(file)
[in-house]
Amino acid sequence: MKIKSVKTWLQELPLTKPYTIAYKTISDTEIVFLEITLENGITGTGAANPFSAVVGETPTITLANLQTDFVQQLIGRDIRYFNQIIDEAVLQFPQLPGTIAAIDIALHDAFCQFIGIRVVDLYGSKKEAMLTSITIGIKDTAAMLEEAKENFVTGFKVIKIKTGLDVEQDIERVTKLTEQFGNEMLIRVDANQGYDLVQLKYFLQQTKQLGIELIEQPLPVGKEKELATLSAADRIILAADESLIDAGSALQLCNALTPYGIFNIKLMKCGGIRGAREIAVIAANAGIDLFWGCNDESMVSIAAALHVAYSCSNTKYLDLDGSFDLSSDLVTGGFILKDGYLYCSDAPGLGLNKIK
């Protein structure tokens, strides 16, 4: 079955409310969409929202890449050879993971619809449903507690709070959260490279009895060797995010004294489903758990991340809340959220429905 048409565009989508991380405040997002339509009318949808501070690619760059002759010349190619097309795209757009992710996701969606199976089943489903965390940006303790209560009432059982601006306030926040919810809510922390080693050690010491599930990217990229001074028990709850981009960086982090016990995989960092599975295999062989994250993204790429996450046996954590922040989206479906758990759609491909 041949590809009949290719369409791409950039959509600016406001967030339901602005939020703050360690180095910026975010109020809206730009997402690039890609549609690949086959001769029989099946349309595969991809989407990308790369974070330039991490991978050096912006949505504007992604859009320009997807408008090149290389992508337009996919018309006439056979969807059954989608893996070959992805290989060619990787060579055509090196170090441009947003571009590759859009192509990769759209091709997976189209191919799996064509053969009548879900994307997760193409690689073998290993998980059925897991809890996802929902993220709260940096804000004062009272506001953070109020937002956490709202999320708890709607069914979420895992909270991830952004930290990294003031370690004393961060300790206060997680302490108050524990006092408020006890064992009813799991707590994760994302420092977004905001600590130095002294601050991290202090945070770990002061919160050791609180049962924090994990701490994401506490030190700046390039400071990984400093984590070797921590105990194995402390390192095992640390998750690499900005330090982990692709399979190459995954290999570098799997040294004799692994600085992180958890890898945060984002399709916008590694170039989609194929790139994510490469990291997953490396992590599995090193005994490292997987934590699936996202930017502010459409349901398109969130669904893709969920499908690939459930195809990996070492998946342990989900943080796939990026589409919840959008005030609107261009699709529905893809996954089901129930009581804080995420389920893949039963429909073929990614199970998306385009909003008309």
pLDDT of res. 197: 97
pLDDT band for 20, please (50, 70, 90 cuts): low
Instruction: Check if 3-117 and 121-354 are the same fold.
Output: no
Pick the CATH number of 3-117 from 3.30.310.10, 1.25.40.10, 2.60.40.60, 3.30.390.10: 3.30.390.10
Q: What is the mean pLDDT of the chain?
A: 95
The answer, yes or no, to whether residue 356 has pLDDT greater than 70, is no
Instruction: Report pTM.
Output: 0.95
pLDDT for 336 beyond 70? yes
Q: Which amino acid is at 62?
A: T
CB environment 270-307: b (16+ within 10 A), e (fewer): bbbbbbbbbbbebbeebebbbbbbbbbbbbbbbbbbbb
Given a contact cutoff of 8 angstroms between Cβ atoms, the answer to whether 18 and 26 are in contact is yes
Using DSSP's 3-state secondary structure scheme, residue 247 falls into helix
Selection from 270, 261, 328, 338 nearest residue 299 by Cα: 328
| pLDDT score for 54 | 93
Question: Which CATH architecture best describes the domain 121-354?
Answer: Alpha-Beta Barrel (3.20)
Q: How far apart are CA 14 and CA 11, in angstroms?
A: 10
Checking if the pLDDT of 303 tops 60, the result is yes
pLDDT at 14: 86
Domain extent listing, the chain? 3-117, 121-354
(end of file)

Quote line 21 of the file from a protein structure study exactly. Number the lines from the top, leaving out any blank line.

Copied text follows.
| pLDDT score for 54 | 93